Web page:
We are currently facing the greatest challenge in the recent history of the NHS. None of us has lived through a global pandemic such as covid-19: it is hard to predict what the experience will be, but we anticipate that the pressures will be immense. We are already witnessing the detrimental impact on healthcare professionals across the world. Italian healthcare workers have described their situation as “relentless”, with many potentially sacrificing their own health and that of their loved ones to serve on the frontline. Without a doubt, effects on mental health and wellbeing are only just beginning to unfold.
We are working in exceptional times, but providing and protecting staff wellbeing initiatives should be universal, not exceptional. In the UK, there are approximately one million full-time equivalent staff working as NHS employees in hospital and community services. Recent years have seen greater emphasis on staff wellbeing, including from national bodies such as the General Medical Council, the Royal Colleges and the British Medical Association. Last year, Health Education England published the Mental Wellbeing (Pearson) report, whilst the BMA’s Fatigue and Facilities Charter outlines simple steps that can be taken to improve workplace facilities and reduce fatigue. We must continue responding to the current challenge and putting patients at the heart of everything we do. However, we are also human beings, susceptible to stress, burnout and fatigue. The current pandemic calls for an even greater focus on initiatives to protect wellbeing.
The benefits of peer support are well known. We are a group of health professionals currently on a mission to spread support and kindness across the country. We are doing this by asking healthcare colleagues to take two minutes to talk and to ask their co-workers one question: #HowYouDoing? This question is underpinned by commitments to:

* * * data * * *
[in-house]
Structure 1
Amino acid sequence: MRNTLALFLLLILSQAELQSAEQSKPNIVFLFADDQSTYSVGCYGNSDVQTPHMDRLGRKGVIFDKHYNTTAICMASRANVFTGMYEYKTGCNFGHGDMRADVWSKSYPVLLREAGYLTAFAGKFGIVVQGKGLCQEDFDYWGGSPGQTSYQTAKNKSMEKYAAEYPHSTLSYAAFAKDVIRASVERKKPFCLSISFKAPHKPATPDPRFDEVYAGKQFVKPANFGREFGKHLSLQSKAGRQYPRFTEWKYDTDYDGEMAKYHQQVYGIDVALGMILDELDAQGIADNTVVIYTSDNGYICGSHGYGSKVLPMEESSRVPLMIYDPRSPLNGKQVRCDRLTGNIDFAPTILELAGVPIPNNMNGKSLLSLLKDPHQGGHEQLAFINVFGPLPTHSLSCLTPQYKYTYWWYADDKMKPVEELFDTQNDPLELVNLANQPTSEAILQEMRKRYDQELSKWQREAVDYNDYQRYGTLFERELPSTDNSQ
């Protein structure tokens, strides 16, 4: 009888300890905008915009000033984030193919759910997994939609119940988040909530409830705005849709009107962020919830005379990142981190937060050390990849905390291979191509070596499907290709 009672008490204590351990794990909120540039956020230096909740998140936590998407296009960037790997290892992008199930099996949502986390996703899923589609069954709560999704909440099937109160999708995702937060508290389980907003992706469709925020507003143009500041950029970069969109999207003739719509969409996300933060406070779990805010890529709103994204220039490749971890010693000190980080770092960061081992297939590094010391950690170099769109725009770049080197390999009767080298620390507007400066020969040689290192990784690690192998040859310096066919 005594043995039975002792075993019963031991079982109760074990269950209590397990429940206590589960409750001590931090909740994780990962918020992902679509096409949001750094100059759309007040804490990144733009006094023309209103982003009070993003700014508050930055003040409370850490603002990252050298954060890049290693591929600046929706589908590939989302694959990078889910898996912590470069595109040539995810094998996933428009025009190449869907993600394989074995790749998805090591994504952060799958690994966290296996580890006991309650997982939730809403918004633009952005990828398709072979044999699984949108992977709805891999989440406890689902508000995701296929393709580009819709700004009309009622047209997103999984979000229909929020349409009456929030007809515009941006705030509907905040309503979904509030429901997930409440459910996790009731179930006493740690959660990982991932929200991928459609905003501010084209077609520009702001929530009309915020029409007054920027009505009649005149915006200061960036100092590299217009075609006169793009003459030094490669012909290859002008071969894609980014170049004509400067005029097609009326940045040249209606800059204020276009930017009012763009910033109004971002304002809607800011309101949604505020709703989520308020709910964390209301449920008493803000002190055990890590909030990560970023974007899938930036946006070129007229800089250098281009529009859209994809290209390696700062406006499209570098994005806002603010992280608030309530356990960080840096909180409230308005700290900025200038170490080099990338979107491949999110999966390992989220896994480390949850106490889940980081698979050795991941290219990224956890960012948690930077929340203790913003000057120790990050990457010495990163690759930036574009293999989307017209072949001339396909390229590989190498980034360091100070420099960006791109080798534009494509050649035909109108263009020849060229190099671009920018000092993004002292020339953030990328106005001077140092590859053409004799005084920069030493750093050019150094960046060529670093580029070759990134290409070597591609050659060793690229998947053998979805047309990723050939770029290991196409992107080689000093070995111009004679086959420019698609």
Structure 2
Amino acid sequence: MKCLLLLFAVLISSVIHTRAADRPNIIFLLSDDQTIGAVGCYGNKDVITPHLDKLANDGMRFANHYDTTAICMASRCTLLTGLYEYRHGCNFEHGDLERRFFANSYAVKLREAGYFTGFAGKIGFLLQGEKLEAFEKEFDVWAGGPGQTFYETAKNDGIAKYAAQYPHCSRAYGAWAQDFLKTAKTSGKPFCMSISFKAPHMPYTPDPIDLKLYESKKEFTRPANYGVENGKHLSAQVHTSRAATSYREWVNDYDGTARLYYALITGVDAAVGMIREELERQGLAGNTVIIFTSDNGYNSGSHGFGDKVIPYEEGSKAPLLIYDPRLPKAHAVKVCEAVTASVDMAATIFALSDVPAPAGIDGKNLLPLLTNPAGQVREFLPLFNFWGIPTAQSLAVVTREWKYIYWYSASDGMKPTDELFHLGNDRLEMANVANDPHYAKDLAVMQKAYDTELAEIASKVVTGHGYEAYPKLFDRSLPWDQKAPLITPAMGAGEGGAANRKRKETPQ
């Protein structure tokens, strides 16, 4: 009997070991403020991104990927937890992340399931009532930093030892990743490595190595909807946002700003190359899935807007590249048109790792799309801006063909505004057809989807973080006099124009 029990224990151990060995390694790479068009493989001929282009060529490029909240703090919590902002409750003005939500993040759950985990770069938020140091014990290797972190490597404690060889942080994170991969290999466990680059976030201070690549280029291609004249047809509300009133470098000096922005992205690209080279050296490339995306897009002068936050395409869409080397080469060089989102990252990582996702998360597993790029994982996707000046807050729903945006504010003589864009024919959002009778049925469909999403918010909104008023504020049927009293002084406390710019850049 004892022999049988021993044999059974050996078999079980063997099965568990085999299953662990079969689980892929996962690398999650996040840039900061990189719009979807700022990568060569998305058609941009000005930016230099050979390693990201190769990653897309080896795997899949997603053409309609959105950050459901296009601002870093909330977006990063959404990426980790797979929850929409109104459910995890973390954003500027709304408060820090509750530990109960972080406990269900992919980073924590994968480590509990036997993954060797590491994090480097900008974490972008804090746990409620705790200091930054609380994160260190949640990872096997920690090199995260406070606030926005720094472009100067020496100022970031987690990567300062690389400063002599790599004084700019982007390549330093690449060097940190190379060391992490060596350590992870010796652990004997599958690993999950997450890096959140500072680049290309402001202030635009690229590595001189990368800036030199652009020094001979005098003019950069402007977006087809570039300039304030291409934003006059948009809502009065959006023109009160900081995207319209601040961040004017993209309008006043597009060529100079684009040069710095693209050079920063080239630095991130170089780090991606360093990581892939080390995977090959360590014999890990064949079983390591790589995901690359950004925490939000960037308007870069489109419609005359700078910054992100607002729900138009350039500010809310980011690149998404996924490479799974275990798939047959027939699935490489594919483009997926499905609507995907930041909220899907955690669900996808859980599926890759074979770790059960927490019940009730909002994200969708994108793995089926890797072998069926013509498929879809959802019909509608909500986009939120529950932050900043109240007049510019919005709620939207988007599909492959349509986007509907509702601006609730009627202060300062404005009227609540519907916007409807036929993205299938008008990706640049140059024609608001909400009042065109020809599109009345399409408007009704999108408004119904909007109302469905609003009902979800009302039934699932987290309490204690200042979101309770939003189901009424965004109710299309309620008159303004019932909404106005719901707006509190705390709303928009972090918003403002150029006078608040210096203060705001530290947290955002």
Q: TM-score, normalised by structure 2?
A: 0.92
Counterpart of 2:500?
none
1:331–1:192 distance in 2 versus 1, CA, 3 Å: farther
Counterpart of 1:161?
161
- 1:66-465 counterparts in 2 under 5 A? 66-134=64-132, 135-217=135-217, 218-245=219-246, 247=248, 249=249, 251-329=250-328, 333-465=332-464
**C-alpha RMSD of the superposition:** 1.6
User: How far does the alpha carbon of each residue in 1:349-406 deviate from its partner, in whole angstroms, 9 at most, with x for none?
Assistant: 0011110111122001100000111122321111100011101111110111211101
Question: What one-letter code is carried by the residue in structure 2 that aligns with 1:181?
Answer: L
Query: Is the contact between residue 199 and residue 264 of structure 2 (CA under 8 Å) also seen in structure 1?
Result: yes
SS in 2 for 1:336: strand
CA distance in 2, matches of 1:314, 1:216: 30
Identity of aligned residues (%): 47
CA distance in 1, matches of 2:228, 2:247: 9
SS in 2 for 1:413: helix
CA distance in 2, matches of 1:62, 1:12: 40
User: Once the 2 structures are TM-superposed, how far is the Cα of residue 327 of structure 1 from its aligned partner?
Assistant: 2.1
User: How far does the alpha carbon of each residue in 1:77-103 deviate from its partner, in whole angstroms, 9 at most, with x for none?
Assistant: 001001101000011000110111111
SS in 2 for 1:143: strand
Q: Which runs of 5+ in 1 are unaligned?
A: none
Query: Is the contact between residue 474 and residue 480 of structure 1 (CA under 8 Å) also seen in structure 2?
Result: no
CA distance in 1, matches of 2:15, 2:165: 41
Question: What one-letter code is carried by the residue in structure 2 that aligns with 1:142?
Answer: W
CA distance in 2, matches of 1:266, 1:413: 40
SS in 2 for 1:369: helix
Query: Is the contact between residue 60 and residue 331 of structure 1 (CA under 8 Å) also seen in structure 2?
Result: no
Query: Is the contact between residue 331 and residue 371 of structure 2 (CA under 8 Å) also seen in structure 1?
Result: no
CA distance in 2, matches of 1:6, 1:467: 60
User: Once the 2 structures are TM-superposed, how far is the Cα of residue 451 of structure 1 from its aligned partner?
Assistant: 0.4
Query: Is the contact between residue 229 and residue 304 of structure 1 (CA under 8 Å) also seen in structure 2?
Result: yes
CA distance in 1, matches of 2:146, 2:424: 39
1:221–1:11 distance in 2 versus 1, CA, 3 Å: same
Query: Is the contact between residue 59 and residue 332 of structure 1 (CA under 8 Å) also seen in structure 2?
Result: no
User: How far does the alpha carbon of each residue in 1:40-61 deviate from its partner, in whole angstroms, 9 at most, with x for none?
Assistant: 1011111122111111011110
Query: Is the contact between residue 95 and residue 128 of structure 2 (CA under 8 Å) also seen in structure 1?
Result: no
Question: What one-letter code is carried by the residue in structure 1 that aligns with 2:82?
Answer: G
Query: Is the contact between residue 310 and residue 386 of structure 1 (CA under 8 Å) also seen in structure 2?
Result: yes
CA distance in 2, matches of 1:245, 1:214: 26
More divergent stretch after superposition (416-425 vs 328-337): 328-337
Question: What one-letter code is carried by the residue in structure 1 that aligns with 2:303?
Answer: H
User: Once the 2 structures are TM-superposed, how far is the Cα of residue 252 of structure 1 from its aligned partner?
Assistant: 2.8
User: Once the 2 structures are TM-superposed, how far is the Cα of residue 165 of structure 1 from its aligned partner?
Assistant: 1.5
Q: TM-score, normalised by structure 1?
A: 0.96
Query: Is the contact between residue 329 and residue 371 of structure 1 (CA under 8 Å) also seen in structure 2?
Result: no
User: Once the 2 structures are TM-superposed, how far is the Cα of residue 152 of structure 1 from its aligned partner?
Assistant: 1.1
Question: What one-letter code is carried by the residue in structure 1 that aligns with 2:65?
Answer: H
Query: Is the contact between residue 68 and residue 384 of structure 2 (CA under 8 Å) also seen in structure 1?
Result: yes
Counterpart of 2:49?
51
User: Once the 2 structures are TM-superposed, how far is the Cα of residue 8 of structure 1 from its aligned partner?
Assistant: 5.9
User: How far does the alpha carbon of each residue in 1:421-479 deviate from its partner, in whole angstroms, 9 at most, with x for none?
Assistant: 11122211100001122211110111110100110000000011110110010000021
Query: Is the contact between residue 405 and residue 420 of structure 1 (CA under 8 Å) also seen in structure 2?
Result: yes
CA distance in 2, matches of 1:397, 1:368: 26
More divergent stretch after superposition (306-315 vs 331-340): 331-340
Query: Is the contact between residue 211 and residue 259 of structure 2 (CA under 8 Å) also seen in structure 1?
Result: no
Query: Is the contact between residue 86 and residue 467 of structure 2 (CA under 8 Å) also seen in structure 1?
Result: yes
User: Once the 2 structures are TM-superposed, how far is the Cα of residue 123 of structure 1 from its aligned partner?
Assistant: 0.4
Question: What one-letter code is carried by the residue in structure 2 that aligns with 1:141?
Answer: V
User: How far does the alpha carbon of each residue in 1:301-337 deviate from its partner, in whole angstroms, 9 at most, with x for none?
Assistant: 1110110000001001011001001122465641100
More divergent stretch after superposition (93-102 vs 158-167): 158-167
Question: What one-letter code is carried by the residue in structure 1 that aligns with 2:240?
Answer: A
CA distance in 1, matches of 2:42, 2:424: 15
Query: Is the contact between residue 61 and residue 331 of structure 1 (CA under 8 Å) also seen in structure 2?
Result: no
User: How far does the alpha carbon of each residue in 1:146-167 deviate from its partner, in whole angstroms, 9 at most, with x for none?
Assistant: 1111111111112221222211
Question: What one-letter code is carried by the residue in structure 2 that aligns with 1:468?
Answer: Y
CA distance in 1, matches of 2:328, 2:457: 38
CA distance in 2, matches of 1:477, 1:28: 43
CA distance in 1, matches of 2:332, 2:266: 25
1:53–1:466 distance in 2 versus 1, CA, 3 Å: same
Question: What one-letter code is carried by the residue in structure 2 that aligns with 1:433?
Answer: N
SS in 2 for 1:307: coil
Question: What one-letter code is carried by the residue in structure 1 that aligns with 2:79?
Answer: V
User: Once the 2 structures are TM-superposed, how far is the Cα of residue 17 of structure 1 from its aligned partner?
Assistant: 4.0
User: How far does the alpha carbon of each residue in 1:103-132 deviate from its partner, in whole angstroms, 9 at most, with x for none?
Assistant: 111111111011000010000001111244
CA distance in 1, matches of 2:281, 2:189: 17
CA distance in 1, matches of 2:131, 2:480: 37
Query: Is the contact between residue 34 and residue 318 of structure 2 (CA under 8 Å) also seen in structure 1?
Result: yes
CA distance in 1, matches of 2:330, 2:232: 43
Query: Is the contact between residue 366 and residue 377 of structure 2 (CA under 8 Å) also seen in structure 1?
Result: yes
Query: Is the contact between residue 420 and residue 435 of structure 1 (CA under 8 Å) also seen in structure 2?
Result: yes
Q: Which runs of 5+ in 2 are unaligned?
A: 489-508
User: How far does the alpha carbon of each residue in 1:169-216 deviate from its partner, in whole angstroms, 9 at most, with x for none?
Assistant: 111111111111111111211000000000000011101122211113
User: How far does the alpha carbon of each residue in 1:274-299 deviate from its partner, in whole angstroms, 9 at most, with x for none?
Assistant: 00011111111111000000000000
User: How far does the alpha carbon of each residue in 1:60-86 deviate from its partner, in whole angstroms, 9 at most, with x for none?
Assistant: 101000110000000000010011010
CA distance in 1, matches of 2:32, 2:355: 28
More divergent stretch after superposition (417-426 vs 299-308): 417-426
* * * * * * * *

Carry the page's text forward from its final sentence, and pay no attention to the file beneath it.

- Ask twice to give them space to be honest;
- Actively listen to their answer;
- Be kind and approachable.
We have chosen a simple message of #HowYouDoing that everyone can aspire to achieve during busy times. However, we recognise that even this may be difficult and need to understand that we are only human, working under conditions of stress and fatigue.
We are promoting the #HowYouDoing initiative through local networks, bespoke badges and social media including Twitter, Facebook and Instagram. We focus on promoting only positive messages and stories of support, kindness and civility, whilst also signposting healthcare professionals to evidence-led wellbeing resources. The following are some of the messages of support from our social media channels:
Things are tough for us all in healthcare right now. Really tough. But we can, and we must, help each other.
Take a moment today to ask a colleague #HowYouDoing, and check if they are OK. Together we can face anything.
We are aware of many other fantastic wellbeing initiatives taking place locally, regionally and nationally to support doctors and healthcare professionals at this time. For example, the Intensive Care Society has produced excellent wellbeing resources with advice for individuals and organisations. Writing for The BMJ, Farquhar and Unadkat emphasise the importance of prioritising the basics, in particular sleep, to protect both our physical and mental wellbeing. Many trusts are working in partnership with local organisations to provide free accommodation, food and caffeine for their staff, whilst others are mobilising their psychological therapists to help frontline staff manage at this time.
Take two minutes today to ask your friends and colleagues #HowYouDoing? Every one of us can make the change in our organisations to promote positive culture and wellbeing. We are all in this together. Be Kind. Be Supportive. Be a team.
The #HowYouDoing team is a group of healthcare professionals currently working in frontline healthcare settings across the country. We initiated this grassroots social media and fundraising campaign to support our colleagues across health and social care through this unprecedented and challenging time.
Competing interest: none declared